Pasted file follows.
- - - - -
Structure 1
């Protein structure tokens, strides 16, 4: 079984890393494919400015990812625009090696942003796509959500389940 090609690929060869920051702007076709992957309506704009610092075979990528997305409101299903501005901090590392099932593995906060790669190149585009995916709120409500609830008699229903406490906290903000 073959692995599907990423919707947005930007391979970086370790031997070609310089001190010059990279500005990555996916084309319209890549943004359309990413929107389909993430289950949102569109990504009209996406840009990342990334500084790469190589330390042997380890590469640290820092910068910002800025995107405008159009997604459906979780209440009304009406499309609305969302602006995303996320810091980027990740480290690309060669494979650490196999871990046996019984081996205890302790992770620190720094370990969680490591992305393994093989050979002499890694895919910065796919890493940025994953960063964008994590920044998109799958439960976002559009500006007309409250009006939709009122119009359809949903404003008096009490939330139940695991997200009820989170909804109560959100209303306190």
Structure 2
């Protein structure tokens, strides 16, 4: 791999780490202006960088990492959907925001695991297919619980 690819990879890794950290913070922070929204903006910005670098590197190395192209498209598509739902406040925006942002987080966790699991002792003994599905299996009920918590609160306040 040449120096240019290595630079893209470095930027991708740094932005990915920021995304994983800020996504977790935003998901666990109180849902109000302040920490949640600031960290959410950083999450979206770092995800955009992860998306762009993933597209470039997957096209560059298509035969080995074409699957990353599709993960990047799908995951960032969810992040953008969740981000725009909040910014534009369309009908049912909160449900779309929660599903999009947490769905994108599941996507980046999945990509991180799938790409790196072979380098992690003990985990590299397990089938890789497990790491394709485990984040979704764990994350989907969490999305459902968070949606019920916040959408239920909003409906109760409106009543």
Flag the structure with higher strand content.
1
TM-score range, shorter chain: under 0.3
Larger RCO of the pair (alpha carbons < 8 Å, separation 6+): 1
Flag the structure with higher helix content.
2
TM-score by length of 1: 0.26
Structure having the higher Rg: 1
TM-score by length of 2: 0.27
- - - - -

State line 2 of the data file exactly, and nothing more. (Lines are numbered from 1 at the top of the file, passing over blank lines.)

């Protein structure tokens, strides 16, 4: 079984890393494919400015990812625009090696942003796509959500389940 090609690929060869920051702007076709992957309506704009610092075979990528997305409101299903501005901090590392099932593995906060790669190149585009995916709120409500609830008699229903406490906290903000 073959692995599907990423919707947005930007391979970086370790031997070609310089001190010059990279500005990555996916084309319209890549943004359309990413929107389909993430289950949102569109990504009209996406840009990342990334500084790469190589330390042997380890590469640290820092910068910002800025995107405008159009997604459906979780209440009304009406499309609305969302602006995303996320810091980027990740480290690309060669494979650490196999871990046996019984081996205890302790992770620190720094370990969680490591992305393994093989050979002499890694895919910065796919890493940025994953960063964008994590920044998109799958439960976002559009500006007309409250009006939709009122119009359809949903404003008096009490939330139940695991997200009820989170909804109560959100209303306190």